Weightlifting is a sport that uniquely celebrates failure. Training to failure is a regular part of most weightlifters’ routines: that last failing rep is proof that you’ve brought your body to the brink of its ability, and that is the catalyst for new strength. This is a strong metaphor for perseverance in all of life—our failures are not final defeats; they’re opportunities to learn and grow. We just keep pushing through.
“The godly may trip seven times, but,” God’s word assures us, “they will get up again.”
This is only a glimpse into what weightlifting has to offer as a spiritual exploration, and lifting is only one way of pursuing God’s truth through physical activity. The grand lesson is that what we do with our body matters. If we see ourselves as rare and beautiful creatures blessed with both flesh and spirit, then physical disciplines like weightlifting give us tactile ways of exploring spiritual truths. For students at The City School, where all of life is seen from the vantage of Jesus’ loving reign, every class can be a foray into eternity.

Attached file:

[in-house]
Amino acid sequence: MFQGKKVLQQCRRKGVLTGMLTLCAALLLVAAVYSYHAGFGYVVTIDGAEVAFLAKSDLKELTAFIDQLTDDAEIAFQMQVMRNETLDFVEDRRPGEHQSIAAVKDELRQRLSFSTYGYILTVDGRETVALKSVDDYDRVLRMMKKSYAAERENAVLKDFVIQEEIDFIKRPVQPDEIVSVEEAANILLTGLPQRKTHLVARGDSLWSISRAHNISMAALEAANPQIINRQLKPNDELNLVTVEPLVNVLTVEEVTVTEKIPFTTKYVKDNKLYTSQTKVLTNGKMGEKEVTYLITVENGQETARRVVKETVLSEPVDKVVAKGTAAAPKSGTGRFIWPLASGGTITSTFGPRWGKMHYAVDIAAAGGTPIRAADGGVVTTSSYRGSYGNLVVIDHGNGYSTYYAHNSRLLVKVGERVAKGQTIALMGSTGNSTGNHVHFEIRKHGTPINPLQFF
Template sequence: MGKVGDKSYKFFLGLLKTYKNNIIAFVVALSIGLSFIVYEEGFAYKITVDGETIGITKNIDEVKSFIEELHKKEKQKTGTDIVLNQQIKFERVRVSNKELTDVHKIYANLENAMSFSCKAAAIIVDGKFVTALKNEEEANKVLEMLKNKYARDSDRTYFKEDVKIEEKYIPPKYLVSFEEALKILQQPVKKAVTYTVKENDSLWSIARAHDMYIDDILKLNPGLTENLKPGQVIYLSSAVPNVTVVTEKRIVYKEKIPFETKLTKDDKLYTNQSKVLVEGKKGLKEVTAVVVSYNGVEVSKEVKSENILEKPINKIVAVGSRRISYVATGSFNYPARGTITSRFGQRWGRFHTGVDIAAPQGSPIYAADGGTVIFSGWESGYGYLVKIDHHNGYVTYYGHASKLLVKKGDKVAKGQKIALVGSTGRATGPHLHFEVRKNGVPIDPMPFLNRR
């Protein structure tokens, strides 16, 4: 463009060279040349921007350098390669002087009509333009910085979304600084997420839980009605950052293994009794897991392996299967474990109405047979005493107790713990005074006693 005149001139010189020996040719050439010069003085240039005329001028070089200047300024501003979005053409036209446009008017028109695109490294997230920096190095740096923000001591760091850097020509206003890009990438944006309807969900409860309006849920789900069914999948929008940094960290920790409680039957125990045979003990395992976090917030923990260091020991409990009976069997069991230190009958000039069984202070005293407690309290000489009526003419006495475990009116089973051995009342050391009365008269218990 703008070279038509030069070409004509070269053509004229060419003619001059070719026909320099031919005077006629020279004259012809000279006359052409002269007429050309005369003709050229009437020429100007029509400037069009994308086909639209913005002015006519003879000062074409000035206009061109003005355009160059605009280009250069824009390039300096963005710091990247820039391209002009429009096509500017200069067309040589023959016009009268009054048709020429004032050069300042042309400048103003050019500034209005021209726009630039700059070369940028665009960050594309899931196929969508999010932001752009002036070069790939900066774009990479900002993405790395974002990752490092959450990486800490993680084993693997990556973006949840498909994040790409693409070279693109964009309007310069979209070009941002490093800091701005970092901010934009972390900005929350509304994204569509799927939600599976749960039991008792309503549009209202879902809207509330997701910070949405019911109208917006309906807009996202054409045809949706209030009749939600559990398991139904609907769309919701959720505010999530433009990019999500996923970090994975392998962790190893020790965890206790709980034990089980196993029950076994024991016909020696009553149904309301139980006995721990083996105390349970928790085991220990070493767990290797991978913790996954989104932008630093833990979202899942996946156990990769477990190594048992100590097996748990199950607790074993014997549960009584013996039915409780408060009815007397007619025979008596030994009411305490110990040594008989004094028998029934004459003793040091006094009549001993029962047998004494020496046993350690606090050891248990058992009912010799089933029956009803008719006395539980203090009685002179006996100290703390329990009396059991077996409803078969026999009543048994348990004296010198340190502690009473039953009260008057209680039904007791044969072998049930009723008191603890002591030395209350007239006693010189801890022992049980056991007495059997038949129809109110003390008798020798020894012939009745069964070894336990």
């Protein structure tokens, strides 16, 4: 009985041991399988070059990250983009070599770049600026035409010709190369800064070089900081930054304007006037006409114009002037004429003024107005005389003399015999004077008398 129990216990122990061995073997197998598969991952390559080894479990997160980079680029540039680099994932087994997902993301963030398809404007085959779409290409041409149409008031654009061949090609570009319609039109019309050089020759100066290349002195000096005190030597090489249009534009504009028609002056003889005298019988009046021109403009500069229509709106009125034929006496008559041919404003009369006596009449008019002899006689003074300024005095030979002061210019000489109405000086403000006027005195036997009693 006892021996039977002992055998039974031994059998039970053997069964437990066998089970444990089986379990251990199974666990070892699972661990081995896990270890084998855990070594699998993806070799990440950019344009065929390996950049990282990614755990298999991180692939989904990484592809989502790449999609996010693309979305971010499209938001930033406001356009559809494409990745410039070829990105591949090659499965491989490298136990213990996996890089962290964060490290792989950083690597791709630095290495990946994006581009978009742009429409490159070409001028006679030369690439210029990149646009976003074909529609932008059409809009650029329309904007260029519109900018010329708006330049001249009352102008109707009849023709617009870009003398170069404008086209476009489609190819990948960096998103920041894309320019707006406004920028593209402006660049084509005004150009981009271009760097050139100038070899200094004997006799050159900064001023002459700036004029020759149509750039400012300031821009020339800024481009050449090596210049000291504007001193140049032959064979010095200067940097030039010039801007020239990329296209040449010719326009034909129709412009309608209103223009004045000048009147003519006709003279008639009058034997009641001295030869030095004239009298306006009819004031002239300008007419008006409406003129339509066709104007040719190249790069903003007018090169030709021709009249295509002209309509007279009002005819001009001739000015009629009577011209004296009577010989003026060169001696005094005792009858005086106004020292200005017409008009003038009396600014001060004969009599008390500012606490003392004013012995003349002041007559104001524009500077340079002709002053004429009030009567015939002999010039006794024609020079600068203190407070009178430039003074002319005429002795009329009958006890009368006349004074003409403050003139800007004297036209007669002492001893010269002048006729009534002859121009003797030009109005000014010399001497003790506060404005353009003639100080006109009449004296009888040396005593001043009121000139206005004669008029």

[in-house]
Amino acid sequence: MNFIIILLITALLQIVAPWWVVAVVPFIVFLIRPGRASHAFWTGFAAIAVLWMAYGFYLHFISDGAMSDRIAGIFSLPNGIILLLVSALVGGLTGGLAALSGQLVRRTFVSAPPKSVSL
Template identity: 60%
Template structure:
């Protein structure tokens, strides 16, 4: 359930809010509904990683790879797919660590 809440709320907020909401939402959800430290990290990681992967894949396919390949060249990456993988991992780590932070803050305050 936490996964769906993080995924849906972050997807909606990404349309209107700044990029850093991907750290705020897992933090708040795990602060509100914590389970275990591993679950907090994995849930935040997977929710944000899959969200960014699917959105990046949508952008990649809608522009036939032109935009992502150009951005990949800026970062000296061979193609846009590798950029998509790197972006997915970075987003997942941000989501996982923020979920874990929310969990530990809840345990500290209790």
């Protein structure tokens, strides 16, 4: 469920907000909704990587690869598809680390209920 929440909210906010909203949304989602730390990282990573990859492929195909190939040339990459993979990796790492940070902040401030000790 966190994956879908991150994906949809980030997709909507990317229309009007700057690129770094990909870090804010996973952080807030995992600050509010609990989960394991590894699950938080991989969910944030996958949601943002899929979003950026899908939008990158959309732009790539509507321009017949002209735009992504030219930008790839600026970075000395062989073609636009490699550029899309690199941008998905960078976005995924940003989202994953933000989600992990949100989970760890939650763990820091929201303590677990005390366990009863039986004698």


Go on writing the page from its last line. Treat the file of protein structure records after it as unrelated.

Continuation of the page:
Our savior crash-landed into this world of flesh and blood and brought with him a promise to redeem his creation. Our beautiful-but-broken world and good-but-not-yet-glorified bodies will be made perfect when our king returns. In the meantime, we should celebrate the bodies God hand-crafted for our joy and his glory. If we see the world from this perspective, honoring the goodness of God’s creation and revering the sacred work he’s done in our own bodies, we will begin to see spiritual significance permeating our physical world. Whether we’re praising God through psalms and hymns or experiencing the glory of his creation beneath the barbell, God meets us in every moment of our lives and will reveal his grace and truth to us wherever we are. If we look for him, Jesus will meet us at the bench press.